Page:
Q. What keeps you interested in traveling as a Smithsonian Journeys Expert?
A. The whole process—before, during and after! I love the preparation of crafting a series of lectures to help our travelers get the most out of their experience. Of course, it’s also great fun being on these tours too, even ones I’ve done over and over, because each group creates its own chemistry and makes the journey unique. I tend to specialize in small-group tours where we can really get to know each other. And that’s a big part of the pleasure too since “Smithsonians” are a self-selected group, focused on learning and keen to share their questions and insights with each other. Traveling with them is invigorating. It reminds me of teaching honors courses, where the students are willing to work harder to learn more, and their ideas and insights are flying fast and furious. And finally, after the tours there’s always a flurry of emails as we exchange photos, articles, book recommendations and favorite moments. These tours create communities that stay in touch for years as we continue to trade stories and let each other know what we’re reading now and where we’re going next. And we often meet again. For example, on my upcoming Highlights of Britain tour, five of the twenty-two people on it have been on previous Smithsonian Journeys trips with me. I’m really looking forward to seeing and traveling with them again.
Q. What do you love about being a historian on these tours?
A. There are many different types of Smithsonian Journeys trips. The ones I join generally focus on the history and culture of a region, so my job is to be on hand to help interpret specific sites and also to propose broader themes that help tie the tour together. In Ireland, for example, we explore how the medieval past was reinterpreted in the 19th century to inspire a new national consciousness that helped inspire their movement for independence. In France the big question is how the different regions we visit were gradually, and often reluctantly, assembled into the whole. Identifying these unifying themes helps people at the end of the tour remember and understand the significance of what we saw at the beginning, since we’re talking the whole time about how it all fits together. So, to answer your question directly, it’s incredibly refreshing for me as a historian to step back and consider the big picture this way.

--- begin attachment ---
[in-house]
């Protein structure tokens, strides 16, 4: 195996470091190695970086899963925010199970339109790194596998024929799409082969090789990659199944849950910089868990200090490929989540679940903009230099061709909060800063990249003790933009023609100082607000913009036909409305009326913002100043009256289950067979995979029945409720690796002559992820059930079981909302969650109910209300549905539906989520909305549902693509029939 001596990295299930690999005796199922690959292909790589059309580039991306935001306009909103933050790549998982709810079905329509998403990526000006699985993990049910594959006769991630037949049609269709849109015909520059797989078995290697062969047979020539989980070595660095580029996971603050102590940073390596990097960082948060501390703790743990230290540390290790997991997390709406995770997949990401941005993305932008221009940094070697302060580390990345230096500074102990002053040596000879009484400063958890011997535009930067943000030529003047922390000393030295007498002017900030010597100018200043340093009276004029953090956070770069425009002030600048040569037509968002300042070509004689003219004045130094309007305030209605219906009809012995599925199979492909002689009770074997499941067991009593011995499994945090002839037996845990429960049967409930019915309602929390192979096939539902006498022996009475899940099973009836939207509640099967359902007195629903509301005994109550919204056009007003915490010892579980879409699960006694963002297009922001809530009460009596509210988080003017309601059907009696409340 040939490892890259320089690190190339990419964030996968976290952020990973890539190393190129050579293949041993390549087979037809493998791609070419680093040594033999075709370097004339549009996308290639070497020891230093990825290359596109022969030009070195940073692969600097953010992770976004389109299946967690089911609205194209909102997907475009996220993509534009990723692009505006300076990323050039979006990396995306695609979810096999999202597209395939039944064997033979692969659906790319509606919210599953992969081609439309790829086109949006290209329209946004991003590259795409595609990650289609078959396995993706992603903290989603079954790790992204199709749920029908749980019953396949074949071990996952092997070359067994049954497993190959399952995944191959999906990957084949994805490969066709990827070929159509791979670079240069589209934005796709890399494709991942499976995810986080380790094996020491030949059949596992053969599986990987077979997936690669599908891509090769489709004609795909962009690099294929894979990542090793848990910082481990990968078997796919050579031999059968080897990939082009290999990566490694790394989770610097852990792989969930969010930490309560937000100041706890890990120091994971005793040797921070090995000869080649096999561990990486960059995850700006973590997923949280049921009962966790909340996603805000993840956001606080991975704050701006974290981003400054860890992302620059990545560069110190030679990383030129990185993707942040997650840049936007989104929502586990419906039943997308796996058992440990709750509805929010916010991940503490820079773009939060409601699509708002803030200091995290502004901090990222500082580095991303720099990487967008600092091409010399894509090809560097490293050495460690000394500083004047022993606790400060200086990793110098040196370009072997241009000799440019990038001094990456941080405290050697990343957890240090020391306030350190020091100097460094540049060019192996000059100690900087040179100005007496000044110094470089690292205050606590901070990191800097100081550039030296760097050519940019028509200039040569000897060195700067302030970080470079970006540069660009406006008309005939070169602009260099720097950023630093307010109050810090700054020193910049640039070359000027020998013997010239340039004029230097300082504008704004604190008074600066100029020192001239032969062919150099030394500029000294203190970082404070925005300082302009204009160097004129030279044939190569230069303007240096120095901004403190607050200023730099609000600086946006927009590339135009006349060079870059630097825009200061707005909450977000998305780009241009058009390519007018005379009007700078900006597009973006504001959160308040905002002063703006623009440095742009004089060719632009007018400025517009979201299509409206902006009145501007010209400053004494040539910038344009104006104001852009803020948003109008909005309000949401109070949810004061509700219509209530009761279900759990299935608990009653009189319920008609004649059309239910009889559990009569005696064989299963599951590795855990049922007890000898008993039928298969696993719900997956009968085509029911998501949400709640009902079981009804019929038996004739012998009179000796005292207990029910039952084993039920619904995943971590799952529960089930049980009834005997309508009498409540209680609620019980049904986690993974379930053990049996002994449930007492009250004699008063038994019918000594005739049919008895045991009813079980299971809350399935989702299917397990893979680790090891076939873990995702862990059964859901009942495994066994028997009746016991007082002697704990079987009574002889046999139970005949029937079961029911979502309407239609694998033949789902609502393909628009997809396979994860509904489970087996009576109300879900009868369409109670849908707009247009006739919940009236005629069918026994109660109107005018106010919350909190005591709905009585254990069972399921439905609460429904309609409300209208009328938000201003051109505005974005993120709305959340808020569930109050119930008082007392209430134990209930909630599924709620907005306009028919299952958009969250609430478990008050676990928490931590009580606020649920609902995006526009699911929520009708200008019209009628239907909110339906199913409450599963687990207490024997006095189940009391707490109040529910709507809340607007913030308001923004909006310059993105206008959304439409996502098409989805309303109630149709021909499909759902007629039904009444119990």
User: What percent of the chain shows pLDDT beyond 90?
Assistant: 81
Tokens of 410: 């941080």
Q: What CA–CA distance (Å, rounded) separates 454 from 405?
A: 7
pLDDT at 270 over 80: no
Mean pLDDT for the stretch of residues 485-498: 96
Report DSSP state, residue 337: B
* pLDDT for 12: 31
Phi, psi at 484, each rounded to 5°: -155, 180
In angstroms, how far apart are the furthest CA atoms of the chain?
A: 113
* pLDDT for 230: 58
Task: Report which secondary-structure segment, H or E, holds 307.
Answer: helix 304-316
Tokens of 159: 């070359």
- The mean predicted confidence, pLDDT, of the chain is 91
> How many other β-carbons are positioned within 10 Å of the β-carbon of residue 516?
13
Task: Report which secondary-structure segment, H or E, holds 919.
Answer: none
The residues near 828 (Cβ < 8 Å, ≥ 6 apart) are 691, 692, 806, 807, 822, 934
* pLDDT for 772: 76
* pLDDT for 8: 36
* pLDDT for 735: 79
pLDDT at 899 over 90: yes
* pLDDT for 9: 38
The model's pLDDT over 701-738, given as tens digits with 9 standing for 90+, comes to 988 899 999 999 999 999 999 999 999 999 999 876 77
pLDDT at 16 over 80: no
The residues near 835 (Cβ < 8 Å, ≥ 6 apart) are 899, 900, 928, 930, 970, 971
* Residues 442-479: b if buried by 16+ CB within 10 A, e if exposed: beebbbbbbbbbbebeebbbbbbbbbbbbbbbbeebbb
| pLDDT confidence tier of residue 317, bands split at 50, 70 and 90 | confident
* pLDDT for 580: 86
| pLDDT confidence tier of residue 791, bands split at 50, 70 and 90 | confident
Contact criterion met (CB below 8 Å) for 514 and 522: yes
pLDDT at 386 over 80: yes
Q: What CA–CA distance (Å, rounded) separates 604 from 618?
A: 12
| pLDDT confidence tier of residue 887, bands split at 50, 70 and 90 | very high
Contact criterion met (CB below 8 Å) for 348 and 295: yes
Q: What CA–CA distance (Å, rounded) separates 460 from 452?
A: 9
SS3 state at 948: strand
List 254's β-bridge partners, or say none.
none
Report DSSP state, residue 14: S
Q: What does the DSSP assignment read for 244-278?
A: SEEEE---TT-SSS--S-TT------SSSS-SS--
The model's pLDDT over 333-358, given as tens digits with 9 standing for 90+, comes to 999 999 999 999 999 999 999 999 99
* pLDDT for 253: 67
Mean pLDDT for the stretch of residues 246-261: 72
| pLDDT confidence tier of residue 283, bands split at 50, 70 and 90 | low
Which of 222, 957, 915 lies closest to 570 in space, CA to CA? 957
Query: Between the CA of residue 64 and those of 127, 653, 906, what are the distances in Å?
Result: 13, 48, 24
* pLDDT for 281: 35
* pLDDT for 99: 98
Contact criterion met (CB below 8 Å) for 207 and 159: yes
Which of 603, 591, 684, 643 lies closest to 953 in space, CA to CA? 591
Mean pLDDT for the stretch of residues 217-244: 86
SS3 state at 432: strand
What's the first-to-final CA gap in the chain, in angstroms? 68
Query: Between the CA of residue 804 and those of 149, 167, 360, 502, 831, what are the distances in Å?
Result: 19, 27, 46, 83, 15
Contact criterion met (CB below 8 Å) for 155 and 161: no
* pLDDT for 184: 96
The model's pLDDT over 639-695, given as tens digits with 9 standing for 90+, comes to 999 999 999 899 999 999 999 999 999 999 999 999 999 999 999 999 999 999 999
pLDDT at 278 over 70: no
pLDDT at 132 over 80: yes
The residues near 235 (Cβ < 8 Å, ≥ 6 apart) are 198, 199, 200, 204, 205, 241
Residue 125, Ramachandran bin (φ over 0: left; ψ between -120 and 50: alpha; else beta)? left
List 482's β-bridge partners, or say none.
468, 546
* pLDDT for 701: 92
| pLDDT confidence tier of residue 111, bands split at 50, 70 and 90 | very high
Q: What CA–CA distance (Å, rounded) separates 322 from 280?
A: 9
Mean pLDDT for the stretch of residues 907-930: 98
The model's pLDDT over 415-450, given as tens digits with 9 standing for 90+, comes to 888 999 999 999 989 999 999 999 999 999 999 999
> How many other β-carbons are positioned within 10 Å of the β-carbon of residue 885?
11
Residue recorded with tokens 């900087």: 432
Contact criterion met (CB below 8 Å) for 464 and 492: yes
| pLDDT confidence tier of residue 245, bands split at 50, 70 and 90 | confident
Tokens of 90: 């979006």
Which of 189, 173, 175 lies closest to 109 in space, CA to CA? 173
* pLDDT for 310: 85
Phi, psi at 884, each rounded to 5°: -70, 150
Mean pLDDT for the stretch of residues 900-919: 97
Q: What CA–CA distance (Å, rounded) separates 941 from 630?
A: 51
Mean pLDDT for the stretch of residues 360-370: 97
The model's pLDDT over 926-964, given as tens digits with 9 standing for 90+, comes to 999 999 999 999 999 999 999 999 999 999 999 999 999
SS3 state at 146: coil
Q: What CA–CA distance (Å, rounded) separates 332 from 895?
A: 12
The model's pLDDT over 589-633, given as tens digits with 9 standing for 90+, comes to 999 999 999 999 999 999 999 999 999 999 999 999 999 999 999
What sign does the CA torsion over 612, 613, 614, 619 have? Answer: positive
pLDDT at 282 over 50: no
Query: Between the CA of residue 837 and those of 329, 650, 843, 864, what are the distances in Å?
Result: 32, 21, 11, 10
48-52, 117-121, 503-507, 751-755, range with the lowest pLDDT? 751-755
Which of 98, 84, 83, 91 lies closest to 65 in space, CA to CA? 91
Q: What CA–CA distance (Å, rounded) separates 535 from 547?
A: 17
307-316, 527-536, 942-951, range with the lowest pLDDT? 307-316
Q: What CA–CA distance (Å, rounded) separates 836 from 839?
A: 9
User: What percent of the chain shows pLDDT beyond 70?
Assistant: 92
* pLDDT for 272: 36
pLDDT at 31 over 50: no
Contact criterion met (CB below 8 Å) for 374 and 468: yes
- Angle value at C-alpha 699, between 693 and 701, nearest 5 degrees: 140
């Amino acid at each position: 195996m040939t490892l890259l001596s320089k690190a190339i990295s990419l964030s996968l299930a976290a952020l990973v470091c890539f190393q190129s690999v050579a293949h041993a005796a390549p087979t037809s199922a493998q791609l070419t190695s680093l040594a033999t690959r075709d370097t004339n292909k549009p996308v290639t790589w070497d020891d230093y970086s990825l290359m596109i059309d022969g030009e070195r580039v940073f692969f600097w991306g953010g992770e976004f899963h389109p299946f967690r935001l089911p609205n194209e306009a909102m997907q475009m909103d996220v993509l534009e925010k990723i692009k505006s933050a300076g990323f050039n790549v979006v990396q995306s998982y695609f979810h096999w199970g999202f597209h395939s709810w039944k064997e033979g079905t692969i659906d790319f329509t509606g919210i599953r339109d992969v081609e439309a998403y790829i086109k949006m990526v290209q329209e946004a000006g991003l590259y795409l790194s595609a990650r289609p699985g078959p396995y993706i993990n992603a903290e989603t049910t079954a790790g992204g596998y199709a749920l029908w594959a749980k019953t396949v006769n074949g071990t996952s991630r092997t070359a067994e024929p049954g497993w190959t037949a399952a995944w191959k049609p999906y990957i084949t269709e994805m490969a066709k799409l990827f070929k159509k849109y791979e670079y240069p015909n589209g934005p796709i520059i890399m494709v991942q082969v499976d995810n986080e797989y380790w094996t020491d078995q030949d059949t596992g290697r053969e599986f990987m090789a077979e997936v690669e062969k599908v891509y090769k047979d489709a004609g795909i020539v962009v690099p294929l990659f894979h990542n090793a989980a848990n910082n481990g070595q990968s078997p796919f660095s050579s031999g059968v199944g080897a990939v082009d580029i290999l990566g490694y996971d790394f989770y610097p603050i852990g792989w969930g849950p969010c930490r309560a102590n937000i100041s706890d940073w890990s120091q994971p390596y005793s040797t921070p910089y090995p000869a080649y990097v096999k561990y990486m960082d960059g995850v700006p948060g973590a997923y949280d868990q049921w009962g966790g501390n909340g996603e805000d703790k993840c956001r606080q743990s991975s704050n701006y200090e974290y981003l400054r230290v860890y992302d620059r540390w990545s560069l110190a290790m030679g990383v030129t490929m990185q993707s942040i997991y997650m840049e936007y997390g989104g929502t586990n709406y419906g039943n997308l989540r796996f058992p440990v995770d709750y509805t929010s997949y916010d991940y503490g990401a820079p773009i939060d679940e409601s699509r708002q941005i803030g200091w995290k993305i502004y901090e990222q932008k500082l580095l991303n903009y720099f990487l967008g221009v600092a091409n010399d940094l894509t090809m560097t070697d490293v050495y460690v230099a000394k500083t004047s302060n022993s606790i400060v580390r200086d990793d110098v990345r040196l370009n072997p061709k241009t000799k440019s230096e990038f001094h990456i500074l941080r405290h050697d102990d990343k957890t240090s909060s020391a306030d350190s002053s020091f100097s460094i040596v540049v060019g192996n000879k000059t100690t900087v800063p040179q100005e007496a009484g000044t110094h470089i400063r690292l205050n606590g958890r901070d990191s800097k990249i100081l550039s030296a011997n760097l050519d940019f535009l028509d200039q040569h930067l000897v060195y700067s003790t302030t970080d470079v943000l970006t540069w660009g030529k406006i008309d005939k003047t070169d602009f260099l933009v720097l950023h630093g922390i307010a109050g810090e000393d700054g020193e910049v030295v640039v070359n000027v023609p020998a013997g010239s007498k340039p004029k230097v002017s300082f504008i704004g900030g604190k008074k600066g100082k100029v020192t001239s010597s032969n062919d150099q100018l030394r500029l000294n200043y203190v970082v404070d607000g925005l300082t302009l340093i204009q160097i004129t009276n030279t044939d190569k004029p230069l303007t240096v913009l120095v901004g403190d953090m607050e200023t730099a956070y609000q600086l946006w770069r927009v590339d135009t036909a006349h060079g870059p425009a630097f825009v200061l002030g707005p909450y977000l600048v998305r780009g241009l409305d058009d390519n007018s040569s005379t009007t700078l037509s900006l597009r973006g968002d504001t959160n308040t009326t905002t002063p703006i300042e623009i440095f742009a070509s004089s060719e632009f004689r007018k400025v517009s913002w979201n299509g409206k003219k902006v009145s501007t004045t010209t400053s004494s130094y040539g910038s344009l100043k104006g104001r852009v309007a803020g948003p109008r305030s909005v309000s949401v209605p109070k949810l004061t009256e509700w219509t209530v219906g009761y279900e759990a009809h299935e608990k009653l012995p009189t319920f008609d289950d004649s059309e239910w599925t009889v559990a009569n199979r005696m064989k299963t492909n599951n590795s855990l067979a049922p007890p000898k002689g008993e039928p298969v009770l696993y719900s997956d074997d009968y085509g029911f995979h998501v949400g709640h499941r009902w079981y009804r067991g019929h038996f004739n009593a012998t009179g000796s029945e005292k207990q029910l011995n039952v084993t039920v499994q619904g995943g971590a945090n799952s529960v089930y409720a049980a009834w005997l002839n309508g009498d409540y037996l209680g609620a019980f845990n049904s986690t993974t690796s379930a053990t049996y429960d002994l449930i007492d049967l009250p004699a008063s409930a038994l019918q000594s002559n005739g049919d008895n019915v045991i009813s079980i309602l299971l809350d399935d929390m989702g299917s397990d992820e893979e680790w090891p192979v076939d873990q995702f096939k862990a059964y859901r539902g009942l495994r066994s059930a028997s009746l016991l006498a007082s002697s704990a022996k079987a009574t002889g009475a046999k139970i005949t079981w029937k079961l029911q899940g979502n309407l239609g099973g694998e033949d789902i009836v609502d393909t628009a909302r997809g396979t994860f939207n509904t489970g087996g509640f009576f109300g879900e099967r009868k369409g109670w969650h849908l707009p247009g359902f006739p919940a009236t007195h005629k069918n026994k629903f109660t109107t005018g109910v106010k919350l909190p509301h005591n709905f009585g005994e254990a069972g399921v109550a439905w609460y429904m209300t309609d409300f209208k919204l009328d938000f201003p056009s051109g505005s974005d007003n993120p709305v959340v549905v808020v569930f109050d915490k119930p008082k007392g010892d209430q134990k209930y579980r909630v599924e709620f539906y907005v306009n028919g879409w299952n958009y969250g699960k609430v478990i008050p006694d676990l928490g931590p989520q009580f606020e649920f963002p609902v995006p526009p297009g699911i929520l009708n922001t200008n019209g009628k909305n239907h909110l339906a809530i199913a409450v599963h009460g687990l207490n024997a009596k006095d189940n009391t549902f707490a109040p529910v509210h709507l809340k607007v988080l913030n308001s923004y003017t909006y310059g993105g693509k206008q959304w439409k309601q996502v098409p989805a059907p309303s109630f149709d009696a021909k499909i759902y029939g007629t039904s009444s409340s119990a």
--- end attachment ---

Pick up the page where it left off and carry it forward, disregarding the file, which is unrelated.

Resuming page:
Q. What do you look forward to on A Celtic Cruise, especially given that it commemorates the 75th anniversary of D-Day?
A. Normandy has a special place in my heart because I lived there for over a year while doing research for a book, and I’ve returned many times over the decades. One thing that I’ve found fascinating about the World War II experience in Normandy is how the sites of memory have evolved. New museums and exhibits about D-Day continue to open, like those at the Airborne Museum, which we’ll be visiting. At the same time, it has been moving to see how appreciation for Operation Overlord has only deepened in the past generation. The last time I was there, it took my breath away to go inside the village church at Saint-Mère Eglise and find American paratroopers depicted in the stained-glass windows. I look forward to showing that to our travelers. I’m also excited to visit the newly refurbished D-Day Museum at Portsmouth and headquarters of the Allied Command at Southwick House, especially with General Eisenhower’s grandson on the trip.